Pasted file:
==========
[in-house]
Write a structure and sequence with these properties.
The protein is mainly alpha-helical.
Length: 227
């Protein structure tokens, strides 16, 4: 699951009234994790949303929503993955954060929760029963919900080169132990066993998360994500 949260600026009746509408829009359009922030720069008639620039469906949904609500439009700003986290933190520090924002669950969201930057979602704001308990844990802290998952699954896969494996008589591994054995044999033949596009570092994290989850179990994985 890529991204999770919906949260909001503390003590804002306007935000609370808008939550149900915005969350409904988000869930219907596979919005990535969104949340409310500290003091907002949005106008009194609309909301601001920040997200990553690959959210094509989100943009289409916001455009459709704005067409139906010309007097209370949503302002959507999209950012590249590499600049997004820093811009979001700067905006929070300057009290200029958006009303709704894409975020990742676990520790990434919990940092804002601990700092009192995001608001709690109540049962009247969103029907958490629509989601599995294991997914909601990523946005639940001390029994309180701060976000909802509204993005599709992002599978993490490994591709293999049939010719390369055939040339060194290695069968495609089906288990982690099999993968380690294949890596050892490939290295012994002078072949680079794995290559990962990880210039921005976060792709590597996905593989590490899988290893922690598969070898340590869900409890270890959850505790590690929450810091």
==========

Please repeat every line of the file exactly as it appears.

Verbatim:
[in-house]
Write a structure and sequence with these properties.
The protein is mainly alpha-helical.
Length: 227
């Protein structure tokens, strides 16, 4: 699951009234994790949303929503993955954060929760029963919900080169132990066993998360994500 949260600026009746509408829009359009922030720069008639620039469906949904609500439009700003986290933190520090924002669950969201930057979602704001308990844990802290998952699954896969494996008589591994054995044999033949596009570092994290989850179990994985 890529991204999770919906949260909001503390003590804002306007935000609370808008939550149900915005969350409904988000869930219907596979919005990535969104949340409310500290003091907002949005106008009194609309909301601001920040997200990553690959959210094509989100943009289409916001455009459709704005067409139906010309007097209370949503302002959507999209950012590249590499600049997004820093811009979001700067905006929070300057009290200029958006009303709704894409975020990742676990520790990434919990940092804002601990700092009192995001608001709690109540049962009247969103029907958490629509989601599995294991997914909601990523946005639940001390029994309180701060976000909802509204993005599709992002599978993490490994591709293999049939010719390369055939040339060194290695069968495609089906288990982690099999993968380690294949890596050892490939290295012994002078072949680079794995290559990962990880210039921005976060792709590597996905593989590490899988290893922690598969070898340590869900409890270890959850505790590690929450810091």